Although PR and communications has always tended to be a female dominated industry (with 66% of those employed being women), it has long been noted that the senior roles were more often filled by men (78% of CEOs in the top 30 global PR agencies are men, and men account for 62% of seats at the PR boardroom table).
However, this year marks a notable shift towards female leadership.
For the second year in a row, a woman has topped the PR Week’s Power List (Omnicom PR Group’s Karen van Bergen in 2017, and Burson Cohn & Wolfe CEO Donna Imperato this year).
PR Week also released its UK Power Book 2018, in which seven of the top 10 in travel PR were women, with the top five completely comprised of women in senior roles across airlines, holiday companies and agencies.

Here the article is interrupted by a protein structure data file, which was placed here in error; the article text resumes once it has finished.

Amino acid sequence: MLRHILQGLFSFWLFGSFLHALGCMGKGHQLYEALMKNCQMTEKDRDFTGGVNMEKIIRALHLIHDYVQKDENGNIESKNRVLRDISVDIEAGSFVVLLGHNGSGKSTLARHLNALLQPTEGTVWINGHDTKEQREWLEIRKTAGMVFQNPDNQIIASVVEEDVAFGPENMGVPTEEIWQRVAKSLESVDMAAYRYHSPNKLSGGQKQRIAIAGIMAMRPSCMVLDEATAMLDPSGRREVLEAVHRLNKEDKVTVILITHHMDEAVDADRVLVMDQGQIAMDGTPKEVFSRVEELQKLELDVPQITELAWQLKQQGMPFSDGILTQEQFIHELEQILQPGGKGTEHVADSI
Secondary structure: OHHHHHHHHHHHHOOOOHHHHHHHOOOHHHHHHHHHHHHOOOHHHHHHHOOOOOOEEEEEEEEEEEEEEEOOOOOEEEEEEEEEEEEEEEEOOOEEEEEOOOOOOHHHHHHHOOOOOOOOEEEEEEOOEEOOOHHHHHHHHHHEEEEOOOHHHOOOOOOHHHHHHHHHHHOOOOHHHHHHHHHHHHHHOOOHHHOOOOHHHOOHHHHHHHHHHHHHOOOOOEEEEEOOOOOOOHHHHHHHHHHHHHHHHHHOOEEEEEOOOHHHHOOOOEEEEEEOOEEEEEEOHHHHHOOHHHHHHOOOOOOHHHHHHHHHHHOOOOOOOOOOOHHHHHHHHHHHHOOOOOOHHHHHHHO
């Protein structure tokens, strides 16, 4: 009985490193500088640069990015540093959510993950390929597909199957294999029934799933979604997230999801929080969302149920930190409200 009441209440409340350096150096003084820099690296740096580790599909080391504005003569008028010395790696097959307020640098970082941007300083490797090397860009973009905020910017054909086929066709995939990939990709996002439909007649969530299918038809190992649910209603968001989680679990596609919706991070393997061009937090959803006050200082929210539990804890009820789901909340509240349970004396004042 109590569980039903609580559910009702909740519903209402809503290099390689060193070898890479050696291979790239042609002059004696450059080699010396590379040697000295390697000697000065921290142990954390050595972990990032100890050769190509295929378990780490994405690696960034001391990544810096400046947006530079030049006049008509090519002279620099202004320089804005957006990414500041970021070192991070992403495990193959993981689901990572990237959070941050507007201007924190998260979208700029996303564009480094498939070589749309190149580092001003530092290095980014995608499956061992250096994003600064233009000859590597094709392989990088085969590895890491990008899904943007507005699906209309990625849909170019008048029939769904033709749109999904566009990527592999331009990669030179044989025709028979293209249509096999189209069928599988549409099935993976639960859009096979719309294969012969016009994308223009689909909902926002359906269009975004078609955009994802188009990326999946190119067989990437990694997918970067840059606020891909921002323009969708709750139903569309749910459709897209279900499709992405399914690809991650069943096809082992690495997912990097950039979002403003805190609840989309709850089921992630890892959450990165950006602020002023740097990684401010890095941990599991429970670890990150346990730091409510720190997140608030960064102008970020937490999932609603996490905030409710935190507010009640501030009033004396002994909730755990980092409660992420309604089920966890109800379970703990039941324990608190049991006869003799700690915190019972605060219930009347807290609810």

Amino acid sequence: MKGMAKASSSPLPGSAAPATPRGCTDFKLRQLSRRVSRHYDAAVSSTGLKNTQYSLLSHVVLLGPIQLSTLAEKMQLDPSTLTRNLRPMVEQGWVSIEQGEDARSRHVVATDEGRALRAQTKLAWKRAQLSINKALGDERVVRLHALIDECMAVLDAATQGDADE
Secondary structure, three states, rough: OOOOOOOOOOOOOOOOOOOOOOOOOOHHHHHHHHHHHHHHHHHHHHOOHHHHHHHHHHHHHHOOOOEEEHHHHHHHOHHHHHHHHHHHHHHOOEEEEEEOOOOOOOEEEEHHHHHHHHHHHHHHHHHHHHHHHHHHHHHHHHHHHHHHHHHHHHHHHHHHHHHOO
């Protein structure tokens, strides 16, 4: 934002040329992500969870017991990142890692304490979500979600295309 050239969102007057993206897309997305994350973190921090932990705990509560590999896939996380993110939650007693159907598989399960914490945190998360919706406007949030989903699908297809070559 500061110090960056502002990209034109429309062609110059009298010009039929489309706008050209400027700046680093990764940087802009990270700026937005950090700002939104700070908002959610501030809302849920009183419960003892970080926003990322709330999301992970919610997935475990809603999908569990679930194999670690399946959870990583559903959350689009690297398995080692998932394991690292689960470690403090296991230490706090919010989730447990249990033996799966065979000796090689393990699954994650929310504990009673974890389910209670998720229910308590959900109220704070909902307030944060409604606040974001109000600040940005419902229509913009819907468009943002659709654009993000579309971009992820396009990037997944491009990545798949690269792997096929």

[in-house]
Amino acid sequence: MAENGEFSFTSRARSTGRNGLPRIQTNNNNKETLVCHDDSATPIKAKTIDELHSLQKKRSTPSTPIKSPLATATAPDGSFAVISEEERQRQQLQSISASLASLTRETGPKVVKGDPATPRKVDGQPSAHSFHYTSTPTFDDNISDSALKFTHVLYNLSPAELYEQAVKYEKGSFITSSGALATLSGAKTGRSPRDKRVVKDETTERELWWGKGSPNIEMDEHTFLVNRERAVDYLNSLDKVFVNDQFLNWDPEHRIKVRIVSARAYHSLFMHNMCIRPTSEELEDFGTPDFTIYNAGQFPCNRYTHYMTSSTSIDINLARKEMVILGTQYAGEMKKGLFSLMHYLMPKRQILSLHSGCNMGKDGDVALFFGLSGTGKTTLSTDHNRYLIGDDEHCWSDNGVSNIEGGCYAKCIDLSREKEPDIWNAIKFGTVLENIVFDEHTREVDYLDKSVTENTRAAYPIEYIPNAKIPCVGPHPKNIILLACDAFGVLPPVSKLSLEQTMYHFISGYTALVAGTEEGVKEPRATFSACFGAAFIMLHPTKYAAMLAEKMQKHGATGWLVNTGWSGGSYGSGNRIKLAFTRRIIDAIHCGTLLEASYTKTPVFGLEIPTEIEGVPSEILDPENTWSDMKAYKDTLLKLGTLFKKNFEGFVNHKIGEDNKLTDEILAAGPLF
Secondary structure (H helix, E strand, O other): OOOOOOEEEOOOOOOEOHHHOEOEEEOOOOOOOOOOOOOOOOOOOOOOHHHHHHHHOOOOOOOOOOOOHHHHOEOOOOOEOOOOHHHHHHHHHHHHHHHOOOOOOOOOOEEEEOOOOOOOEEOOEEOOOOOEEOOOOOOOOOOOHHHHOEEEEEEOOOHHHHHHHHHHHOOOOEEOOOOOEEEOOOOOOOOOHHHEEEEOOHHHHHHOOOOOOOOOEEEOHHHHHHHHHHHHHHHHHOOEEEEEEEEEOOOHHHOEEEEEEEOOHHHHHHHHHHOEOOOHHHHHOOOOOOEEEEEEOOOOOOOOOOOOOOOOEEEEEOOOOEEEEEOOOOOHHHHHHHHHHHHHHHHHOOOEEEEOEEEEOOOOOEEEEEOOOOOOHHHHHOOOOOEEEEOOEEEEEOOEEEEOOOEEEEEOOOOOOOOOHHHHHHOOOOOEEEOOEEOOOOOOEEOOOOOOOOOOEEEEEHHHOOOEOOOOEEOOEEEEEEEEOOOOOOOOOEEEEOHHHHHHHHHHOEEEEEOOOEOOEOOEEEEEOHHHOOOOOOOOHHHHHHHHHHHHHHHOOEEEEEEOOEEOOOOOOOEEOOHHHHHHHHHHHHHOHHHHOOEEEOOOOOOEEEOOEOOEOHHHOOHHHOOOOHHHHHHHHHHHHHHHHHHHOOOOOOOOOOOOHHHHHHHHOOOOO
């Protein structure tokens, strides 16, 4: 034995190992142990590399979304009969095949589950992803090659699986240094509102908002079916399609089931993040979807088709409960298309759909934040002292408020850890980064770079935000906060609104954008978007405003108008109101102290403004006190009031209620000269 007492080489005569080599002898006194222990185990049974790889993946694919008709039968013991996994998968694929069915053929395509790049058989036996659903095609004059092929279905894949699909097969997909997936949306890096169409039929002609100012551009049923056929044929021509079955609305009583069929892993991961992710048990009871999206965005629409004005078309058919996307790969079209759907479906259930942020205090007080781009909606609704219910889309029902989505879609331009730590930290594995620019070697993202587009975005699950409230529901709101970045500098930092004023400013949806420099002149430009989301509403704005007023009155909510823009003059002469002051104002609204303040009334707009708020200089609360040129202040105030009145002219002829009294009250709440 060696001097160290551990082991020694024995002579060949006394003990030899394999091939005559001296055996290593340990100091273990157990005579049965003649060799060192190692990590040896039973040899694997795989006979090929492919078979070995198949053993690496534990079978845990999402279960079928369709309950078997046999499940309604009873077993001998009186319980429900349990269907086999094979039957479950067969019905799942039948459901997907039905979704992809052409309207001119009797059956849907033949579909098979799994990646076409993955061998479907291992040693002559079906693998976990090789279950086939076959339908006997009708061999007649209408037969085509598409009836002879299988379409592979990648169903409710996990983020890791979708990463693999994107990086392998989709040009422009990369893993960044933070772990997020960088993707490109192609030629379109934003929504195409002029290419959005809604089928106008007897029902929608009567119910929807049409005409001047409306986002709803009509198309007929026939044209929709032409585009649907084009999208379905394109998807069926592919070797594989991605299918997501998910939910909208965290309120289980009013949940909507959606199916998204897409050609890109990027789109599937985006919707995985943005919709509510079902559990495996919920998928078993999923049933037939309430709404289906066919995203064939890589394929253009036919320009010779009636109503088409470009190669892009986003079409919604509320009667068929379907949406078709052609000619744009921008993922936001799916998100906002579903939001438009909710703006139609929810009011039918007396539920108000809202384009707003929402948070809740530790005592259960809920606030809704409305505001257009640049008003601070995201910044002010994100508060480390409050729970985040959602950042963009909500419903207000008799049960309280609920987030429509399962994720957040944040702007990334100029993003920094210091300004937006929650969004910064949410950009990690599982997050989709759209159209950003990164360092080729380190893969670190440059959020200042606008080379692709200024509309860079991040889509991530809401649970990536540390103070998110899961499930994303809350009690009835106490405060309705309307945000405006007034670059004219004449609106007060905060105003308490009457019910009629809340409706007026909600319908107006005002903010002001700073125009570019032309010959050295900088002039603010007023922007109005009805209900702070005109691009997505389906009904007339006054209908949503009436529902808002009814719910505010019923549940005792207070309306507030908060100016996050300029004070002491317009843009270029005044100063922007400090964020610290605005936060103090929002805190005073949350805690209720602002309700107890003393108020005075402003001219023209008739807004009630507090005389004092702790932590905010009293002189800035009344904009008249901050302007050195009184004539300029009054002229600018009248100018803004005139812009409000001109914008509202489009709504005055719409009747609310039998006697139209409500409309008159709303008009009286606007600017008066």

In fact, six of the seven women named in this list worked for a travel PR agency, or had an agency background. So, how does a beginning in a travel PR agency provide women with a brilliant grounding to become a future leader?
Working for an agency demands a number of skills: impeccable multi-tasking and organisation, personability, empathy, an ability to work well under a number of pressures and the need to think analytically and strategically. It also throws you in at the deep end, where no day is the same. You may be pitching a new airline route to the media one day, attending a travel conference the next, or liaising with tourist boards to put together the perfect itinerary for a press trip the day after.
For women in particular, these agency skills can give the confidence needed to shine in any company, big or small, and support women during their progression through the ranks to become the future CEOs, managing directors, and PR and communications directors of the future.